Making Millions From Snail Farming, Once upon a long time ago, not much was thought of snails and the financial gains that could be derived from breeding them.
In those days, it was not uncommon to find Nigerians, young and old alike, going through bushes and wet vegetation, especially at dawn, to find snails for consumption. With time, however, people began to discover that snails could be reared for profit.
Some studies argue that West African countries, such as Nigeria, boast of the best types of snails for rearing and consumption. Some researchers have even proved that one can make as much as over N2 million annually from snail farming.
Interestingly, almost anybody can start a snail farm, depending on the commitment, time and resources one is willing to dedicate to the venture. Various factors should be considered when breeding snails. According to Agronigeria Online, there are some steps to follow to set up a profitable snail farm:
Snails need a moist environment to survive. To get the right snails for breeding, pick them raw from the bush by attracting them with fruits such as pineapples, plantain, pawpaw, among others – getting them from the market may not be very advisable as they would have been exposed to sunlight, which reduces their fertility. You can also opt for getting their eggs for breeding, provided you have the right environment and soil type to handle their fast reproductive level.
To build the right house for the snails, referred to as snailery, remember that snails can only function properly with the right soil, yet, note that they should be protected from large and small pests such as snakes, rats, ants and termites.
Depending on the type of snails you choose to breed, feeding them shouldn’t break the bank. Snails can be fed with leaves of okro, cabbage, cocoyam, pawpaw, among others. They can also be fed with certain kinds of fruits or specially prepared feed available in stores.
Agronigeria Online highlights various advantages of snail farming to include: minimum capital requirement for investment; high demand, which will result in huge profit; snail as an export commodity to improve Nigeria’ foreign exchange market; ease of practicability, among others.
“Snail farming in Nigeria requires small capital and the running cost is very low, hence their feeds are very local. If your start-up capital is N100,000 you can generate the sum of N1 million in one year. You can conveniently earn income higher than your present earning. You can keep your present job and do this on part-time since it doesn’t require much time,” it said.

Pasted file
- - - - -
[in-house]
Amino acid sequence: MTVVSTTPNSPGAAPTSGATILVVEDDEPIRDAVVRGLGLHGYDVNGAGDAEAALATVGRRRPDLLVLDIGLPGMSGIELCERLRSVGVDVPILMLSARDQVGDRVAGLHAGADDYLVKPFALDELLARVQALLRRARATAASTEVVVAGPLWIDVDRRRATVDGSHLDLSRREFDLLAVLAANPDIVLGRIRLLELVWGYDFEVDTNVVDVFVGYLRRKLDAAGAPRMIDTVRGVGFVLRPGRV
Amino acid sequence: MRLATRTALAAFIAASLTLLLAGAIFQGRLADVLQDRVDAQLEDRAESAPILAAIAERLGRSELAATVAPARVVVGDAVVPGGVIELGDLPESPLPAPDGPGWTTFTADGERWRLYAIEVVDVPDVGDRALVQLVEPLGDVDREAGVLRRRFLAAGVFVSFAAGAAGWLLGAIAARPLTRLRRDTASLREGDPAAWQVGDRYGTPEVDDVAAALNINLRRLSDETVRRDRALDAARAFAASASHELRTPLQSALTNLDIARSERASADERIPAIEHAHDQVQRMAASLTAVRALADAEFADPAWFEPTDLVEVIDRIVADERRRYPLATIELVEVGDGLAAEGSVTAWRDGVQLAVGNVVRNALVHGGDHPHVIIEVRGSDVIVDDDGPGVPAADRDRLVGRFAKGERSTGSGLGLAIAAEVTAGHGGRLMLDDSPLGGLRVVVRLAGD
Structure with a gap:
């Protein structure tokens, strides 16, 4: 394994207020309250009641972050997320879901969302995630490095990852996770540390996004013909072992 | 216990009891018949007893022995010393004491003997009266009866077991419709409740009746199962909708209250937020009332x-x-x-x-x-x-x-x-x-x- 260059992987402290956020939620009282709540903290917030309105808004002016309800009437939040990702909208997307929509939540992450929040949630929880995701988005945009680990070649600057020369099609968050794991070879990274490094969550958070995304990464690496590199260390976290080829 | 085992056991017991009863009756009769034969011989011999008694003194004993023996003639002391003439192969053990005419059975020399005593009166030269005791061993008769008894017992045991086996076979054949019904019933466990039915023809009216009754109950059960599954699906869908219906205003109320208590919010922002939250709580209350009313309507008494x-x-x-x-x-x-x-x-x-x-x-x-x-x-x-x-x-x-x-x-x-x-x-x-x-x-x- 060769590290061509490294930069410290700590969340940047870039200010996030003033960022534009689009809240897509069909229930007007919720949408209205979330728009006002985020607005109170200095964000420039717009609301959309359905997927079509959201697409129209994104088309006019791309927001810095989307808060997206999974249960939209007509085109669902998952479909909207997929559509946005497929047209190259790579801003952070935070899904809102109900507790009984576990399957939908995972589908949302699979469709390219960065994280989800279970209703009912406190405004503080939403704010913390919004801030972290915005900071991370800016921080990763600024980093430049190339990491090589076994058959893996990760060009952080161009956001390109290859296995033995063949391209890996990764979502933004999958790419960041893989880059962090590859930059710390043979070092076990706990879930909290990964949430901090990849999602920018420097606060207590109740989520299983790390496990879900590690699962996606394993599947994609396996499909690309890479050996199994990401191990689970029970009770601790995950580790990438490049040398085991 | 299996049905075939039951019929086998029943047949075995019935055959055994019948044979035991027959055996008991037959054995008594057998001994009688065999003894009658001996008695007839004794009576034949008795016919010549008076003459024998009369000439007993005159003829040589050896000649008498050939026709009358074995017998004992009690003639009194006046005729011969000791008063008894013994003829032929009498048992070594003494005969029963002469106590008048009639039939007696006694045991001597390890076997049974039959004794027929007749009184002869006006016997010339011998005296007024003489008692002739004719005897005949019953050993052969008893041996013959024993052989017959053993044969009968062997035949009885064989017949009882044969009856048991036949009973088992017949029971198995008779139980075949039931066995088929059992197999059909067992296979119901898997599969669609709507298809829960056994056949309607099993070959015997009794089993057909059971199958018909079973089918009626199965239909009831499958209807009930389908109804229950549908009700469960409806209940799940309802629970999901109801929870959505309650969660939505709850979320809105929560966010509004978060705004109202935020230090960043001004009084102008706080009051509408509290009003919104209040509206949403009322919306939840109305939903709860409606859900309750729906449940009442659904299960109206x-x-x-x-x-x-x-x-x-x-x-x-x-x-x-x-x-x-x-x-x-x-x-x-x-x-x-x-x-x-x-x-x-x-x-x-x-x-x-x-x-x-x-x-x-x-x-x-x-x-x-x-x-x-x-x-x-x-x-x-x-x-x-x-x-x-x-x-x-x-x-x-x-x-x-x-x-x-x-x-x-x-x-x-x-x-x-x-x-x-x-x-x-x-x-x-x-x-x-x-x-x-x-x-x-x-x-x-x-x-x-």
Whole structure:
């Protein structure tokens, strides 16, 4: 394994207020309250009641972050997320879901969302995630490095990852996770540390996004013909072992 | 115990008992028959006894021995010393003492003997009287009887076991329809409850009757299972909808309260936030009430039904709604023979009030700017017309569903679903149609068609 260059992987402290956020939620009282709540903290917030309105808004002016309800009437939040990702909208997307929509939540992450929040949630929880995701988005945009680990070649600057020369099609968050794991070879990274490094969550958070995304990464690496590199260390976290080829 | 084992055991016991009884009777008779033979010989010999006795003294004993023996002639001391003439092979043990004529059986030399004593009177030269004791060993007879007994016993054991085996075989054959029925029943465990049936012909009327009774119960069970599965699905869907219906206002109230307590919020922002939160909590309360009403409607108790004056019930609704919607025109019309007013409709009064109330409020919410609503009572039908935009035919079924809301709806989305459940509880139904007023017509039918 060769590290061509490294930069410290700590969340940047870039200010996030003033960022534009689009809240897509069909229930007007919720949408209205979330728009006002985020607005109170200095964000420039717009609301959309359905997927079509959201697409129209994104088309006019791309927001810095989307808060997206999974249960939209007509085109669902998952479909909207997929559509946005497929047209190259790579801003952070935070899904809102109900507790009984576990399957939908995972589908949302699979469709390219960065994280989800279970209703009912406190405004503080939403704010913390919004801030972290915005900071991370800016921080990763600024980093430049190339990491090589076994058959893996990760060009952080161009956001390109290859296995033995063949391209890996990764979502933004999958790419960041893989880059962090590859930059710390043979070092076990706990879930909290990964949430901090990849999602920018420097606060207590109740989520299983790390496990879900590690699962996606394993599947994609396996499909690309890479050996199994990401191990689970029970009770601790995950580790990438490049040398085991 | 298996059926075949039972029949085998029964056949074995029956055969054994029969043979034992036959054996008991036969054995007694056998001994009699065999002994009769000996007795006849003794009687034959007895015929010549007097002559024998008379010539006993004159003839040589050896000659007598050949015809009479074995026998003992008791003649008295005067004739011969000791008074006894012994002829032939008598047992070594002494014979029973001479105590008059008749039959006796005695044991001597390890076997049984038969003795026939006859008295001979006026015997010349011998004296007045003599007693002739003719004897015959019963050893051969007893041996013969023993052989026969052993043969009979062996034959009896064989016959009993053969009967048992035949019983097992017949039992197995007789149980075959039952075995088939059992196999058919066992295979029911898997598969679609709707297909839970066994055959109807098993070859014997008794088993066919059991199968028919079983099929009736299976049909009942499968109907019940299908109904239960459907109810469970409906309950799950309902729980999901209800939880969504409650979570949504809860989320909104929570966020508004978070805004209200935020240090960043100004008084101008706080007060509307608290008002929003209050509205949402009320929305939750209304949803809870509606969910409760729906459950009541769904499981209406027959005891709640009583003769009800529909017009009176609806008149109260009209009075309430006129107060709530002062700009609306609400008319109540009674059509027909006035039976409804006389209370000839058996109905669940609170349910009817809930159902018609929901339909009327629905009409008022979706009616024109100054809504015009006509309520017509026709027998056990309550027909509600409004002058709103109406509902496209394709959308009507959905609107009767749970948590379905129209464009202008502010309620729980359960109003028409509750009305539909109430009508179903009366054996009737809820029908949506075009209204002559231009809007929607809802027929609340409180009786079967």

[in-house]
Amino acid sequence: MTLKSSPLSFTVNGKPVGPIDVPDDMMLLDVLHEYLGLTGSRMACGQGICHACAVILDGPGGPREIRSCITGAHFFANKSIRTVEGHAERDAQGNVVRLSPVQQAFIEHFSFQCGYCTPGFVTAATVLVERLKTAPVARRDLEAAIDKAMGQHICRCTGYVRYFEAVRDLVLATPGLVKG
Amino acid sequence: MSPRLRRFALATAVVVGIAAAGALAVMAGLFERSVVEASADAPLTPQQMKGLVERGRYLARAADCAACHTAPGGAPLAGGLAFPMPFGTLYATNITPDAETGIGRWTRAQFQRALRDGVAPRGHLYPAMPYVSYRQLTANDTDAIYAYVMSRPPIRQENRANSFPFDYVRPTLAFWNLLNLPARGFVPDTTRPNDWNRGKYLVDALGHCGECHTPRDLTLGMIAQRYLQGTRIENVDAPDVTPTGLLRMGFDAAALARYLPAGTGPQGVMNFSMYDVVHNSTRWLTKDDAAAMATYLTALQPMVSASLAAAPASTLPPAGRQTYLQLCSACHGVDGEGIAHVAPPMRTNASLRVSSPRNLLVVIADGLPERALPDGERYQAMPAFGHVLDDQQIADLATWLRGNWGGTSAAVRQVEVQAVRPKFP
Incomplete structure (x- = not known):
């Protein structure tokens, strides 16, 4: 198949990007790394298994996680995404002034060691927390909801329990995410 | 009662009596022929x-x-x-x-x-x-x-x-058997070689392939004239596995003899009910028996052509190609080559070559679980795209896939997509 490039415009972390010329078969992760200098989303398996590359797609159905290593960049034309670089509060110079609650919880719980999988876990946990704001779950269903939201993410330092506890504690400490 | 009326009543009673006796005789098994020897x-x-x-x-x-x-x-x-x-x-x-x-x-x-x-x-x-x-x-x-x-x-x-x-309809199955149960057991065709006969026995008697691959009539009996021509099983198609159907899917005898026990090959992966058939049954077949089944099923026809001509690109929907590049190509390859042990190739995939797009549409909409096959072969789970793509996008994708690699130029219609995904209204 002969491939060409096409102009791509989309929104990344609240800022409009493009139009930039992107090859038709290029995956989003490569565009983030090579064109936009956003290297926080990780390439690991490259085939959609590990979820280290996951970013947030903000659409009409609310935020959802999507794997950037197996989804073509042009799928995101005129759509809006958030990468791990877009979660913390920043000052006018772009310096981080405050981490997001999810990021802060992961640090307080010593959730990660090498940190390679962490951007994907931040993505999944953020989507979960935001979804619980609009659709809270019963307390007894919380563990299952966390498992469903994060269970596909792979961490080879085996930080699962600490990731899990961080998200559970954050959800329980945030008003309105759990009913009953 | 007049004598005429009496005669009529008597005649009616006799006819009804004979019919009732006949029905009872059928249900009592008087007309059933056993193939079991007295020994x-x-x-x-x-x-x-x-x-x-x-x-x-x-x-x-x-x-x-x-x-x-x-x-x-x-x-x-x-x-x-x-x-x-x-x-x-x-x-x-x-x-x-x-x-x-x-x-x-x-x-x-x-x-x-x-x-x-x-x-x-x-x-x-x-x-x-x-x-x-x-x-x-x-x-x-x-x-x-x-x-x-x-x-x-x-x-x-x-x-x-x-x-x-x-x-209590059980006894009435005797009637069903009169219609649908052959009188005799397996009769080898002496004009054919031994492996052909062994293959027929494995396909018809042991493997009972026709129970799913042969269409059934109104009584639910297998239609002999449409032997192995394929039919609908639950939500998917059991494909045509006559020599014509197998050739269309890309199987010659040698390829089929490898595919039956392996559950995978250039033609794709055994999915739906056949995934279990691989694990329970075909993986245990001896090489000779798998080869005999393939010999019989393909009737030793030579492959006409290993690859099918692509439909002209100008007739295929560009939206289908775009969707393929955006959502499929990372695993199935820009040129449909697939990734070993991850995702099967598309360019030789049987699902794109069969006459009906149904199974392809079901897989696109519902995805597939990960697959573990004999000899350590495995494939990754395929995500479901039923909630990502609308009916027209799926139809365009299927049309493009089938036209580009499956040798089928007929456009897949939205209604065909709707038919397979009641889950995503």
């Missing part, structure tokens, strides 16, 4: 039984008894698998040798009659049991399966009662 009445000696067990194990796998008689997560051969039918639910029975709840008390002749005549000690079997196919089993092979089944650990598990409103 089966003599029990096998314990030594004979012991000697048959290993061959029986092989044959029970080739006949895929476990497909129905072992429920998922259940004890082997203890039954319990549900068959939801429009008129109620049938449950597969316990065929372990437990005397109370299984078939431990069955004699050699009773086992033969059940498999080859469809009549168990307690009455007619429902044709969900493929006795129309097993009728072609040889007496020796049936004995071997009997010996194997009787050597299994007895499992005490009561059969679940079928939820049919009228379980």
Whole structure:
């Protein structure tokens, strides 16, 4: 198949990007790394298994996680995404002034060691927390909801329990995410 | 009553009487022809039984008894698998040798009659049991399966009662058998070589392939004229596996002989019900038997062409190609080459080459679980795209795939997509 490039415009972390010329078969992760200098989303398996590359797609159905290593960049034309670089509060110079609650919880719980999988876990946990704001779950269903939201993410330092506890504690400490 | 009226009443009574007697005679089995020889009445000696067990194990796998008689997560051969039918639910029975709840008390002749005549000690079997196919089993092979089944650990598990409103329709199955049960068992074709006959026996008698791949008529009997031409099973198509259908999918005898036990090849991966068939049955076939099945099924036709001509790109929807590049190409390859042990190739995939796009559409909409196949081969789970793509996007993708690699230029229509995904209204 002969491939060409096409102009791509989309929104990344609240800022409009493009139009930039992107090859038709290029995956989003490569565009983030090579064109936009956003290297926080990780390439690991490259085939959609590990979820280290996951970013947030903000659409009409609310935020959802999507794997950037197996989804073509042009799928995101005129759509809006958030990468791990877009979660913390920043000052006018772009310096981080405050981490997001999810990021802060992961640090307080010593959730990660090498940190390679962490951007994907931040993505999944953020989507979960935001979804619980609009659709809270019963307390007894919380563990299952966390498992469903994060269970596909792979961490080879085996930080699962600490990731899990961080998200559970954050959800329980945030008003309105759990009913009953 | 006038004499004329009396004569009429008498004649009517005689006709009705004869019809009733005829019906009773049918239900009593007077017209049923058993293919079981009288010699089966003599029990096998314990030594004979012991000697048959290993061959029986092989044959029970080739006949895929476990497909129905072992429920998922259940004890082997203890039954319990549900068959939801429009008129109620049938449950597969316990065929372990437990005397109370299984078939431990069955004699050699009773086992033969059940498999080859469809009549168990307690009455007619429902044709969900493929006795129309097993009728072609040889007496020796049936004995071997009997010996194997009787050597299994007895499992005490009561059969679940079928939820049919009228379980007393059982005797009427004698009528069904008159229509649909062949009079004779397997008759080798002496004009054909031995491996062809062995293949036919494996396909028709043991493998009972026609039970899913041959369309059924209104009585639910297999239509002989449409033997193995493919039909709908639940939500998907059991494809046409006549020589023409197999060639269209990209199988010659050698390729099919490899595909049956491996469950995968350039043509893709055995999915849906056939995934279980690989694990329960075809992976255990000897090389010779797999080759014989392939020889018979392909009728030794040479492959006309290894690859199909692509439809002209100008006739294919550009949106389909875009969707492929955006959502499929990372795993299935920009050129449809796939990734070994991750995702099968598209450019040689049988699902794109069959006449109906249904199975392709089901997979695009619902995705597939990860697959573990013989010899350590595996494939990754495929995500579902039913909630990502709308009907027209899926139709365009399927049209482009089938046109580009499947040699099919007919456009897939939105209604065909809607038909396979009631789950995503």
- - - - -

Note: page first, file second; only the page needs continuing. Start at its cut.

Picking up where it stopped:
Another juicy benefit of rearing snails is they are not just less stressful or take much time to breed, there is less risk of offensive odour or noise that will attract attention from neighbours. Cooperative Empowers Nassarawa Community, Begins Processing Of 10,000 Tonnes Of Maize
According to www.jovanafarms.com, “snail meat is a good source of protein. It is rich in iron and calcium, but low in fat and cholesterol compared to other animal protein sources. They are environmental-friendly because, unlike pigs and poultry, neither the snail nor its droppings smell offensively. Snails can also be reared in the backyard.”
Jovana Farms, which also breeds and raises snails naturally on pasture/free range method to produce high quality snail meat, offers 18-month-old snail breeders suitable for people who would like to start their own snail farms.
Snails also have various nutritional benefits. According to assistant professor with the Programme for Public Health at Michigan State University, United States, Natalie Stein, the dietary importance of eating snails is beneficial, depending on how they are prepared.
Snails are good for persons who wish to control their weight as “a 100-gramme serving size of snails has only 90 calories. This serving provides 16 grammes of protein, which is a filling nutrient. Snails may fit into a low-carbohydrate diet plan, since they only have two grammes total carbohydrates per serving,” and also provide healthy sources of fat, potassium, sodium and other nutrients.
According to Stein, Making Millions From Snail Farming, while those watching their cholesterol levels should minimise their quantity of snail intake, “you need iron for healthy red blood cells, and snails provide 3.5 milligrammes of iron, or nearly 20 per cent of the daily value. The iron in snails is in the heme form, which is easier for your body to absorb than iron from plant-based sources. Other essential nutrients in snails are vitamin B-12 and magnesium.”